It’s been a very interesting past few years for mortgage rates. After reaching nearly 5% in November 2018, the average 30-year fixed-rate mortgage rate dropped almost steadily through January 2021, hitting multiple all-time lows. This has been fantastic news for the many Americans who bought or refinanced homes during that period and claimed great low rates and mortgage payments.
Now, mortgage rates have started heading in the other direction, bouncing up past 3% in March. The good news is that rates are still incredibly low – 3% is below anything available before July of 2020. However, a strengthening economy usually leads to higher interest rates, and with the pandemic hopefully receding, mortgage rates are expected to rise further. Here are three ways rising mortgage rates may impact you.
If you’ve had your mortgage for more than a year or two, you may want to consider a refinance soon.
If you didn’t buy or refinance your home during the past couple years, you may still be able to lower your monthly payment by refinancing your mortgage to a lower rate. However, as available rates rise, that opportunity may disappear. Mortgage rates don’t fluctuate as quickly as the stock market, but they don’t stand still either. If you haven’t had a mortgage consultation to learn about your refinance options and benefits, don’t wait any longer.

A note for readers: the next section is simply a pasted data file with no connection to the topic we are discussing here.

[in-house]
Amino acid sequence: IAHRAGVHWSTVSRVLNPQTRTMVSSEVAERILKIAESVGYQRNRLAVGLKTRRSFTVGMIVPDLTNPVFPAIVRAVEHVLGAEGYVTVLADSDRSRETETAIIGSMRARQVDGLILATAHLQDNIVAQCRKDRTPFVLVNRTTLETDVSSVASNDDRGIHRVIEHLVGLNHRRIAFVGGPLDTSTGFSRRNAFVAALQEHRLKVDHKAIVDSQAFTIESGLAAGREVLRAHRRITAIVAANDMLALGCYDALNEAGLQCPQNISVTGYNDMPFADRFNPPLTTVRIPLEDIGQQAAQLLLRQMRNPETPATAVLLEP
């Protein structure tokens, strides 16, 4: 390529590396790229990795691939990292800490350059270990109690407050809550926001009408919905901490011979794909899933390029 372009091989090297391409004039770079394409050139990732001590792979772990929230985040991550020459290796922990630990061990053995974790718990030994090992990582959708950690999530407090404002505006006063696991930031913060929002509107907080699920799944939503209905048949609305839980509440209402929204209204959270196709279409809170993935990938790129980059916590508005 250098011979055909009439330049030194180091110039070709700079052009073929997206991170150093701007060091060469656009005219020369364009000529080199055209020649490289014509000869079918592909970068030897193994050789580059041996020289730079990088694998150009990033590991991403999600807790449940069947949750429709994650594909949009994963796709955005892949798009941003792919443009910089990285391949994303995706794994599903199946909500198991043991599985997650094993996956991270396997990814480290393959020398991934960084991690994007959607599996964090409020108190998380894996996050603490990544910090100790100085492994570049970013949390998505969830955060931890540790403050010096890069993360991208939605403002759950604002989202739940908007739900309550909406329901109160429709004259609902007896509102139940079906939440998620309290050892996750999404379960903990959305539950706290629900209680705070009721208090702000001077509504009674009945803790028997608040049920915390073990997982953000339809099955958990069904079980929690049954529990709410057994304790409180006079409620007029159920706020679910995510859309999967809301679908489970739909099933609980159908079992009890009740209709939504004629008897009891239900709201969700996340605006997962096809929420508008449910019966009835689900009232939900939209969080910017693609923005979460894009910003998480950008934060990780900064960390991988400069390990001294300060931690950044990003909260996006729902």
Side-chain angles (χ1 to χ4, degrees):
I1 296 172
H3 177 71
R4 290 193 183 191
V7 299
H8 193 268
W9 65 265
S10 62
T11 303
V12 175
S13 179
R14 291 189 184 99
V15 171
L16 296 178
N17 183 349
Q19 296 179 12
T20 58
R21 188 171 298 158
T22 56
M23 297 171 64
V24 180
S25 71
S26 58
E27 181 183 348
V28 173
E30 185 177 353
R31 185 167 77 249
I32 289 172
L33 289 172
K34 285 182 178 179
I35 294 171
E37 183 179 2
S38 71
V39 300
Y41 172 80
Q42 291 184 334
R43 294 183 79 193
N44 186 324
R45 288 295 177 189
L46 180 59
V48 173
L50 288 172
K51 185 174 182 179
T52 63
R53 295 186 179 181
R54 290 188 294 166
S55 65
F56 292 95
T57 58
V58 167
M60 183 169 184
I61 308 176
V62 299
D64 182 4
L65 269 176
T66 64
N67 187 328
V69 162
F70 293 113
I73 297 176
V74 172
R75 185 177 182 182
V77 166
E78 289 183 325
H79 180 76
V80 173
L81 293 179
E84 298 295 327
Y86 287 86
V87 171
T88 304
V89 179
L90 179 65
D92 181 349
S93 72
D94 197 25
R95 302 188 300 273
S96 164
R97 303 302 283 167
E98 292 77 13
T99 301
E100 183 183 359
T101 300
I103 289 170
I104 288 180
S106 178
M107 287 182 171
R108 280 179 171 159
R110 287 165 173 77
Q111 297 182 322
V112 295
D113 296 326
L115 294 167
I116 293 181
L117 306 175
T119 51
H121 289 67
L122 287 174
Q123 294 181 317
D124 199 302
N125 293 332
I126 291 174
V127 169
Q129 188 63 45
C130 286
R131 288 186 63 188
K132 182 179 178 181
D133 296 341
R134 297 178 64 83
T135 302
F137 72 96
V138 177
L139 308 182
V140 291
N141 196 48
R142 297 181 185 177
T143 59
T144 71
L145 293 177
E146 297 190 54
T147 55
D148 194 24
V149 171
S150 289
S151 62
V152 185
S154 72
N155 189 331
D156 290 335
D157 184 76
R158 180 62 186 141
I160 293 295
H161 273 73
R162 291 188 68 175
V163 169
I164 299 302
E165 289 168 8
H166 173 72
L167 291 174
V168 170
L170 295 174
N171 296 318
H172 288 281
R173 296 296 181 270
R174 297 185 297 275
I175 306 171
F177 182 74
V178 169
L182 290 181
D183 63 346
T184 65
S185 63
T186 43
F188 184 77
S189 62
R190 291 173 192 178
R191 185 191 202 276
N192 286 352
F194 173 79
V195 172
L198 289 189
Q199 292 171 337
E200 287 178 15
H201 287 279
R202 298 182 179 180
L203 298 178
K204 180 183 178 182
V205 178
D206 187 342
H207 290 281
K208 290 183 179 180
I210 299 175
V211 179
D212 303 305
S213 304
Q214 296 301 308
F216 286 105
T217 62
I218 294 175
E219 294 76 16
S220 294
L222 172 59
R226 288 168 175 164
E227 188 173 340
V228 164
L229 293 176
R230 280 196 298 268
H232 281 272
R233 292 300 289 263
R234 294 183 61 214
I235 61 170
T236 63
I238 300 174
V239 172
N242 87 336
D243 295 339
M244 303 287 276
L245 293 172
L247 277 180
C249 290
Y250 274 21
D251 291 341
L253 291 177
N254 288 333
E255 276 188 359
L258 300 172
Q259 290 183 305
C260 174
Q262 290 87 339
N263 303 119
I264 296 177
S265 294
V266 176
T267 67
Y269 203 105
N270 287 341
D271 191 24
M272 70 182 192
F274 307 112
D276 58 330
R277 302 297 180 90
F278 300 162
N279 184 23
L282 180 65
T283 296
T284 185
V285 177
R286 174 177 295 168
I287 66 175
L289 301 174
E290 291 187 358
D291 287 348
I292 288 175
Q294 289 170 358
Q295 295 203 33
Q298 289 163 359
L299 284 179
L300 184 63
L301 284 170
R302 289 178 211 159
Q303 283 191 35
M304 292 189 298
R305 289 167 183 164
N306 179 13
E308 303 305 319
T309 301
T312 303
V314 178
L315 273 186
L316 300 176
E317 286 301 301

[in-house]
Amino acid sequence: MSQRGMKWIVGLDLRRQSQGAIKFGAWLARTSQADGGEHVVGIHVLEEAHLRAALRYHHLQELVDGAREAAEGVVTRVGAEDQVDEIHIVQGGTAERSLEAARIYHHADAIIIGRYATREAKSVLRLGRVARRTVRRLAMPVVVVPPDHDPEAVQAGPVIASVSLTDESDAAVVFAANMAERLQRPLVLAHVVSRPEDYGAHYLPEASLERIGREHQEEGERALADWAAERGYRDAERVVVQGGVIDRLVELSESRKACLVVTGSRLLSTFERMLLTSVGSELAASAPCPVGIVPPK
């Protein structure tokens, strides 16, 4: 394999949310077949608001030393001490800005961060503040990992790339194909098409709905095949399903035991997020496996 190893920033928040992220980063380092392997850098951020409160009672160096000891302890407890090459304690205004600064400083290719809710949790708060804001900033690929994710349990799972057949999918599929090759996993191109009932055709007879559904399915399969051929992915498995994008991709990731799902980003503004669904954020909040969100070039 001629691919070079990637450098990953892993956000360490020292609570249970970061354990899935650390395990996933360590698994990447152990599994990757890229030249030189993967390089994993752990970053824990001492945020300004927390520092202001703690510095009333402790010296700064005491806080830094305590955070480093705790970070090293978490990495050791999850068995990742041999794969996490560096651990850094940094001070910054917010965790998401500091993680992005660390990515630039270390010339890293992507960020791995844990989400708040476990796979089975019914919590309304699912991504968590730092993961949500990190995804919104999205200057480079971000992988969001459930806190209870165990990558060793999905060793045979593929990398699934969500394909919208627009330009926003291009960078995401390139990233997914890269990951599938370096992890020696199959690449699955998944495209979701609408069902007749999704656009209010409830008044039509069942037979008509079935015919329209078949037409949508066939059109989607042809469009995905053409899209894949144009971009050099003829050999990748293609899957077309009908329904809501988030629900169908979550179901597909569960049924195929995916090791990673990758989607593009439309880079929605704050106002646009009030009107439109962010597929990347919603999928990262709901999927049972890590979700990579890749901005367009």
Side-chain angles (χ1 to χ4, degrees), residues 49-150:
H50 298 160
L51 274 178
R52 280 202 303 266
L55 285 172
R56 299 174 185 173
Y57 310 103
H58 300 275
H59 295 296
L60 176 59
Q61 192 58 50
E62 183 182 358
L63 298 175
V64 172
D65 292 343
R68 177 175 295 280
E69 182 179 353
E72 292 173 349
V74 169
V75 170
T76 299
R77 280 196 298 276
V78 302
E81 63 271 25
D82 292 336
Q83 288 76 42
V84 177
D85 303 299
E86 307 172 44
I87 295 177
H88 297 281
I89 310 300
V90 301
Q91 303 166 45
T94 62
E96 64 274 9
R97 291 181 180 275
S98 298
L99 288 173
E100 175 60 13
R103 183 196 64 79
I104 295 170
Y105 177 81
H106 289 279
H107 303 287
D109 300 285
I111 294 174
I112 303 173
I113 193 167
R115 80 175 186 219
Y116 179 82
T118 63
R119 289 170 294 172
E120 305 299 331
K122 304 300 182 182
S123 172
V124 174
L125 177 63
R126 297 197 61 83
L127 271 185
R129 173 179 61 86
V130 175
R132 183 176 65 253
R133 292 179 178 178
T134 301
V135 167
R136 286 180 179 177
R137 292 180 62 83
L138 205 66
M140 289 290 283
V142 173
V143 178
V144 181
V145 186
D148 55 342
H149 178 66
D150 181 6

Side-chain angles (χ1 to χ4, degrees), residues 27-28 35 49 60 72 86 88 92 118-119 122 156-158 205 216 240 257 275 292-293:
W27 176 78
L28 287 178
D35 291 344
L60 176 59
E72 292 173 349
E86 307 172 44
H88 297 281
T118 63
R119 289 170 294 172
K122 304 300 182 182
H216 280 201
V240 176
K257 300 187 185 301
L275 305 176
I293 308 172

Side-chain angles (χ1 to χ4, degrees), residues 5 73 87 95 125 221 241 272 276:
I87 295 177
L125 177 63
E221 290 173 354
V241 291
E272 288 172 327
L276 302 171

If you’re planning to buy a home, you may want to lock in your rate now.
Buying a home sooner rather than later may save you money, and that’s especially true when mortgage rates are rising. The higher the mortgage rate on your loan for your new home, the higher your monthly payment will be, all other things equal. Thankfully, when you apply for financing with Draper and Kramer Mortgage Corp., you can lock in a mortgage rate for up to 90 days before you select a property or up to 360 days after choosing a property. If you’re thinking about buying a home, don’t wait to get in touch and discuss your rate lock strategy.
If you have an adjustable-rate mortgage (ARM), now may be a good time to switch to a fixed rate.
If you have an ARM, you should be aware that your mortgage rate and therefore your monthly payment can fluctuate. After the fixed-rate intro period for your ARM (typically five, seven or 10 years), your rate and payment will adjust every year, based in part on current interest rates. With rates going up, that means your payment could go up too. If you plan on staying in your home through the adjustable-rate period of your ARM, now may be a great time to refinance into a fixed-rate mortgage to lock in a low rate and monthly payment while it’s an option.
Want a personalized look at what your current mortgage options are? Get in touch today for a free mortgage consultation.